Although response to the product has been mostly positive, Orem native Larry Schwartz admits he was initially confused by Pedestal Wife’s purpose. “I put her in my kitchen, hoping she would make me some of those incredible apple dumplings my mom used to bake on winter afternoons,” he admits. “I didn’t realize she’d just stand there. Eventually, we moved her to the bedroom, and while my wife isn’t happy with that, I am.”

Schwartz’s experience is not unusual. The confusion about Pedestal Wife’s role prompted the release of an official statement from Deseret Book: “While Pedestal Wife does encourage the healthy glorification of womanhood and thereby increases spirituality, consumers need to remember that the product is not actually designed to interact with them in any meaningful way. She does not talk, cook, or form relationships.”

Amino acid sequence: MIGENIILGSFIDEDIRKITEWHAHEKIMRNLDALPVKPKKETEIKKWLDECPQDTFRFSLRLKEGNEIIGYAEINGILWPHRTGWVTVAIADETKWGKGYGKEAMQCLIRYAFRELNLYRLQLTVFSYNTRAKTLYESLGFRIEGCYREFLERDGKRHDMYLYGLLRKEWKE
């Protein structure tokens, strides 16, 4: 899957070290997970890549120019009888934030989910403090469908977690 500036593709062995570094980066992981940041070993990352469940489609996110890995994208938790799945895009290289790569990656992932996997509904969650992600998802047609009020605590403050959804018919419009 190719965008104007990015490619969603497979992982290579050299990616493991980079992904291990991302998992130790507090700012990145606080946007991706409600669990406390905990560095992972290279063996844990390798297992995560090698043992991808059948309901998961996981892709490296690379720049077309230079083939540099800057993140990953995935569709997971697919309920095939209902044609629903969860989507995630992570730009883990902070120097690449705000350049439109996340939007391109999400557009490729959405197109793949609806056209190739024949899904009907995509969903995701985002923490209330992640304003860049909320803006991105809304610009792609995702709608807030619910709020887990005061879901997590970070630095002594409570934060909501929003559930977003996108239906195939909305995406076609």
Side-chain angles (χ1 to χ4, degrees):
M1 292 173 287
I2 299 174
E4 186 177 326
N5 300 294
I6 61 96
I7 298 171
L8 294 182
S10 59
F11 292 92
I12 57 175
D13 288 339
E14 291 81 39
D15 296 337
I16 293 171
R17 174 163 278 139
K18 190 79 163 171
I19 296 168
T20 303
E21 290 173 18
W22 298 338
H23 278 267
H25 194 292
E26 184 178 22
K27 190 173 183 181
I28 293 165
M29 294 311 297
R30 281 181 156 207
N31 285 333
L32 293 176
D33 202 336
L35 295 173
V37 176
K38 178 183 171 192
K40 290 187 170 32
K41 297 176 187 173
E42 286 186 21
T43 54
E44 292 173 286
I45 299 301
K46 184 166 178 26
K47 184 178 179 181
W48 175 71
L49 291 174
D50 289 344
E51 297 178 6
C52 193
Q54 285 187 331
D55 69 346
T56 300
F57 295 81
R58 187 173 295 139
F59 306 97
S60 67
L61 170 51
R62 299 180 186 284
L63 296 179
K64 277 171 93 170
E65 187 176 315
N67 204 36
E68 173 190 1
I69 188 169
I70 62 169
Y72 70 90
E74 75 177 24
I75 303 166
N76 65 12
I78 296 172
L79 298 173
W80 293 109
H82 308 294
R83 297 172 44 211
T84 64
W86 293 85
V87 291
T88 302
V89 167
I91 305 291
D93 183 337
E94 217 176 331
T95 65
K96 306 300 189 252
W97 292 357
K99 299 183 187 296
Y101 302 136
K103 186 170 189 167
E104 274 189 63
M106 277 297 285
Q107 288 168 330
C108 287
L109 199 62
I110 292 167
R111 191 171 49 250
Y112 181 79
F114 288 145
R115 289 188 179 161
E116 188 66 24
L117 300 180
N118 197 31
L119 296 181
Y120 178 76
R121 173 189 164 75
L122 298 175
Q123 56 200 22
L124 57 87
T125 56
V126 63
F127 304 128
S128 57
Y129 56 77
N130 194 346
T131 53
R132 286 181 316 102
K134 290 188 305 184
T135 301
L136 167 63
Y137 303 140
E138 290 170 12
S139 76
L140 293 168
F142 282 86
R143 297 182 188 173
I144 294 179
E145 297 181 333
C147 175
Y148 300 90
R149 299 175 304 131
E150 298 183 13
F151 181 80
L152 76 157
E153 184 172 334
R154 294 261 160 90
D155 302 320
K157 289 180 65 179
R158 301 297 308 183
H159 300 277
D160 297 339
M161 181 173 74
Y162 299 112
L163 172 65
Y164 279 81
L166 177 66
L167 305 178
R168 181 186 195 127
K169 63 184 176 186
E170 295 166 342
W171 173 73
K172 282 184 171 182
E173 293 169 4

Despite these and similar misunderstandings, however, Pedestal Wife is selling very well and has gained a loyal following, mostly of married men who live along Utah’s Wasatch Front. “I don’t know what it is—that apron, the dress, or the twenty-four-inch waist—but somehow Pedestal Wife reminds me of my saintly mother,” says Ogden resident Sam Culpepper. “That woman raised eight children in a three-room house, had a hot meal on the table three times a day, and managed to read the Book of Mormon over a hundred times.” Culpepper’s wife Meredith was not available for comment.

Culpepper echoes many Mormon men when he says that he sees Pedestal Wife as a great addition to his home and family. In fact, he admits, “Because Pedestal Wife radiates such wholesome goodness and quiet humility, I’m kind of hoping that my real wife will learn to follow suit. As long as she still cooks and cleans for me, of course.”

Church Acquires Walker Center Weather Forecaster